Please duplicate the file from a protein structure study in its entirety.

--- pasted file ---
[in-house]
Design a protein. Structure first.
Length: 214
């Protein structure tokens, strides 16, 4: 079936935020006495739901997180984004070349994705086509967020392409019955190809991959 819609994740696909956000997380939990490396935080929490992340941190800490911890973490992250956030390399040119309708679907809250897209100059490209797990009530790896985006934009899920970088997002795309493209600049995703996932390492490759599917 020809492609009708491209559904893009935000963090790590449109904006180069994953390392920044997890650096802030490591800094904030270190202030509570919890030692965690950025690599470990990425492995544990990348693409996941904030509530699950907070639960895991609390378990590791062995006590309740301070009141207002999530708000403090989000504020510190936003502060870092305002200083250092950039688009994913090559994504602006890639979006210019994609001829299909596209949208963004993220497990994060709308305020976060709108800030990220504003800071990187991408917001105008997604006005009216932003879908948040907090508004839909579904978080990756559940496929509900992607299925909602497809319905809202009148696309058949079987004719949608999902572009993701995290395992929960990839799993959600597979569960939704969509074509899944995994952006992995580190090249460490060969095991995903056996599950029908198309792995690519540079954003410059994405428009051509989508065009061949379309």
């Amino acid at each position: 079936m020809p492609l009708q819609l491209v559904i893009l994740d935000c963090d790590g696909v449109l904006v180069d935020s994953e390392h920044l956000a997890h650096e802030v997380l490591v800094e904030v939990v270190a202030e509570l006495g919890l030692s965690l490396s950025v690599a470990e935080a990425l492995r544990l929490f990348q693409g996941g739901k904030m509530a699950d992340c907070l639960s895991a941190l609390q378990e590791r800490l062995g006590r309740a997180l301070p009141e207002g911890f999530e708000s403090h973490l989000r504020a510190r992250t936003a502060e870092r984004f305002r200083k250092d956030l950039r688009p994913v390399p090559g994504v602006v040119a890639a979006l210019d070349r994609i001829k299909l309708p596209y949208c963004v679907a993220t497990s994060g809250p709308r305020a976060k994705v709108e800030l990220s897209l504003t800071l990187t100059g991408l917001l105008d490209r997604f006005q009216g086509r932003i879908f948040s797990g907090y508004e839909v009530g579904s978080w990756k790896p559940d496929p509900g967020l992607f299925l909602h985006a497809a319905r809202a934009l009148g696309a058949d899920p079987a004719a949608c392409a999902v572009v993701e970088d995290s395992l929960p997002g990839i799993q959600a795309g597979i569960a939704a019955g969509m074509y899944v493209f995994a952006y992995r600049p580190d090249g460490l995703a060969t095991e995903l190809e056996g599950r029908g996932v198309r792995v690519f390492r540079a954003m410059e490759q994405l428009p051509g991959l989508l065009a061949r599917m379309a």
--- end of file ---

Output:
[in-house]
Design a protein. Structure first.
Length: 214
């Protein structure tokens, strides 16, 4: 079936935020006495739901997180984004070349994705086509967020392409019955190809991959 819609994740696909956000997380939990490396935080929490992340941190800490911890973490992250956030390399040119309708679907809250897209100059490209797990009530790896985006934009899920970088997002795309493209600049995703996932390492490759599917 020809492609009708491209559904893009935000963090790590449109904006180069994953390392920044997890650096802030490591800094904030270190202030509570919890030692965690950025690599470990990425492995544990990348693409996941904030509530699950907070639960895991609390378990590791062995006590309740301070009141207002999530708000403090989000504020510190936003502060870092305002200083250092950039688009994913090559994504602006890639979006210019994609001829299909596209949208963004993220497990994060709308305020976060709108800030990220504003800071990187991408917001105008997604006005009216932003879908948040907090508004839909579904978080990756559940496929509900992607299925909602497809319905809202009148696309058949079987004719949608999902572009993701995290395992929960990839799993959600597979569960939704969509074509899944995994952006992995580190090249460490060969095991995903056996599950029908198309792995690519540079954003410059994405428009051509989508065009061949379309």
């Amino acid at each position: 079936m020809p492609l009708q819609l491209v559904i893009l994740d935000c963090d790590g696909v449109l904006v180069d935020s994953e390392h920044l956000a997890h650096e802030v997380l490591v800094e904030v939990v270190a202030e509570l006495g919890l030692s965690l490396s950025v690599a470990e935080a990425l492995r544990l929490f990348q693409g996941g739901k904030m509530a699950d992340c907070l639960s895991a941190l609390q378990e590791r800490l062995g006590r309740a997180l301070p009141e207002g911890f999530e708000s403090h973490l989000r504020a510190r992250t936003a502060e870092r984004f305002r200083k250092d956030l950039r688009p994913v390399p090559g994504v602006v040119a890639a979006l210019d070349r994609i001829k299909l309708p596209y949208c963004v679907a993220t497990s994060g809250p709308r305020a976060k994705v709108e800030l990220s897209l504003t800071l990187t100059g991408l917001l105008d490209r997604f006005q009216g086509r932003i879908f948040s797990g907090y508004e839909v009530g579904s978080w990756k790896p559940d496929p509900g967020l992607f299925l909602h985006a497809a319905r809202a934009l009148g696309a058949d899920p079987a004719a949608c392409a999902v572009v993701e970088d995290s395992l929960p997002g990839i799993q959600a795309g597979i569960a939704a019955g969509m074509y899944v493209f995994a952006y992995r600049p580190d090249g460490l995703a060969t095991e995903l190809e056996g599950r029908g996932v198309r792995v690519f390492r540079a954003m410059e490759q994405l428009p051509g991959l989508l065009a061949r599917m379309a």